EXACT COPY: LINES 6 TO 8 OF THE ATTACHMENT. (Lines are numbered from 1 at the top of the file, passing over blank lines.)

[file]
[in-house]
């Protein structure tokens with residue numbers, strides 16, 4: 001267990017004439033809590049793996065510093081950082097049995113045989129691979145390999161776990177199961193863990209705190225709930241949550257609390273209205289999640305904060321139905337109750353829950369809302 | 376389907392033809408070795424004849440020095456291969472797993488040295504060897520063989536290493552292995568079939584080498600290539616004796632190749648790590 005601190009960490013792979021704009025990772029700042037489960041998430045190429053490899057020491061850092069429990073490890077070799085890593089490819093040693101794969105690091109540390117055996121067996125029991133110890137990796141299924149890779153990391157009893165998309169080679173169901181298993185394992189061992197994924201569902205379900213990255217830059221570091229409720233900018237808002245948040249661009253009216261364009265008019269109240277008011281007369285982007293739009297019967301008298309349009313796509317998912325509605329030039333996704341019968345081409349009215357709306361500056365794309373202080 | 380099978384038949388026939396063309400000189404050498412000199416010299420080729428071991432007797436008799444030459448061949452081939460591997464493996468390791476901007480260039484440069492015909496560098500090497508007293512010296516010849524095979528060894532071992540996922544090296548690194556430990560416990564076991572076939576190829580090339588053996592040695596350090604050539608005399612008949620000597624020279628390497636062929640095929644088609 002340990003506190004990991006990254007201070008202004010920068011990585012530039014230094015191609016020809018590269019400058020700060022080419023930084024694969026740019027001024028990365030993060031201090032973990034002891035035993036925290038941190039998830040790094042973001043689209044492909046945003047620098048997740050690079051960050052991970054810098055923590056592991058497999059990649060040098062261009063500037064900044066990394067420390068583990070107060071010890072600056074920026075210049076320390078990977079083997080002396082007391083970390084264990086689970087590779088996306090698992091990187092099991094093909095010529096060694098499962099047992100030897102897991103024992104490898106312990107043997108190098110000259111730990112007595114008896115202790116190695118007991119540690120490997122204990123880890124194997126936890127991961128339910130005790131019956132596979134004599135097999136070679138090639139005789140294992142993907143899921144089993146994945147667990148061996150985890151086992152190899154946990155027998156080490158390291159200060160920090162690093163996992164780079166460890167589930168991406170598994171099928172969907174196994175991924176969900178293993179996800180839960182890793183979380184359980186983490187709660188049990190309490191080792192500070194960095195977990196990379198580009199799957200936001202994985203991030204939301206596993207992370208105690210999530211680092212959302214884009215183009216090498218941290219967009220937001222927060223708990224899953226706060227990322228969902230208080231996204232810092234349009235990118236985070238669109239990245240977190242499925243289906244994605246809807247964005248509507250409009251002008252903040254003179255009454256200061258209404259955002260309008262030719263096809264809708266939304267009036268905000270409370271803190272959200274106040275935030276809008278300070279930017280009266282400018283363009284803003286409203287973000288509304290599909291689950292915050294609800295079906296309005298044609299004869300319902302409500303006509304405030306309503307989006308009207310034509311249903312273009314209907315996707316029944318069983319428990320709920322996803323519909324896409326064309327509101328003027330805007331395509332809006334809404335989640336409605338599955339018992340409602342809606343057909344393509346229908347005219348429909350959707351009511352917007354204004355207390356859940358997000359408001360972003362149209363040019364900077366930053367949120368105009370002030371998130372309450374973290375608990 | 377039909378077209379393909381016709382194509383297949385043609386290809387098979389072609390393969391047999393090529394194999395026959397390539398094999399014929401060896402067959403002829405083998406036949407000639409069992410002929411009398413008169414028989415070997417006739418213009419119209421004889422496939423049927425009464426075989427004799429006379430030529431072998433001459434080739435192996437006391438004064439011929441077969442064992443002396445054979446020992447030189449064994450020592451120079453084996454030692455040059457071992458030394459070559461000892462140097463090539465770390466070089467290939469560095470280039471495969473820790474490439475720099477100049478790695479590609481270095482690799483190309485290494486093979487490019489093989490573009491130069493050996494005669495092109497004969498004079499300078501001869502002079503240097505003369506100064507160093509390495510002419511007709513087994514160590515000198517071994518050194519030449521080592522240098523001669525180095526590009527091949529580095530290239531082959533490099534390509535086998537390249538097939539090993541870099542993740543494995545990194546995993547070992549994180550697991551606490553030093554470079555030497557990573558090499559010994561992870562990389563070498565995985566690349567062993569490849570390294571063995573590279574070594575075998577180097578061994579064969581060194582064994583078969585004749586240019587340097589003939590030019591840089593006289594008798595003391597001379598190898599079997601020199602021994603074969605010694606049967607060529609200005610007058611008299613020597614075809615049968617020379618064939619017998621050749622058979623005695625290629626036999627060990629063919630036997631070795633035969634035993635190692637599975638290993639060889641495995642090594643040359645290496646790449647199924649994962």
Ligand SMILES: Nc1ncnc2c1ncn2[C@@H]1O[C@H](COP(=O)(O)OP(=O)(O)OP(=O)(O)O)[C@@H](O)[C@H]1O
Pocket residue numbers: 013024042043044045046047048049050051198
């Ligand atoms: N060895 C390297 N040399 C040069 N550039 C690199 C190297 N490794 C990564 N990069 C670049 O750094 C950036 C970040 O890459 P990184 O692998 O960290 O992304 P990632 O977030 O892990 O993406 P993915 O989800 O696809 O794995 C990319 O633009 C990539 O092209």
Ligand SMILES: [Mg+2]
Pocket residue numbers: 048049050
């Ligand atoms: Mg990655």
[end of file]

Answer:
Ligand SMILES: [Mg+2]
Pocket residue numbers: 048049050
């Ligand atoms: Mg990655």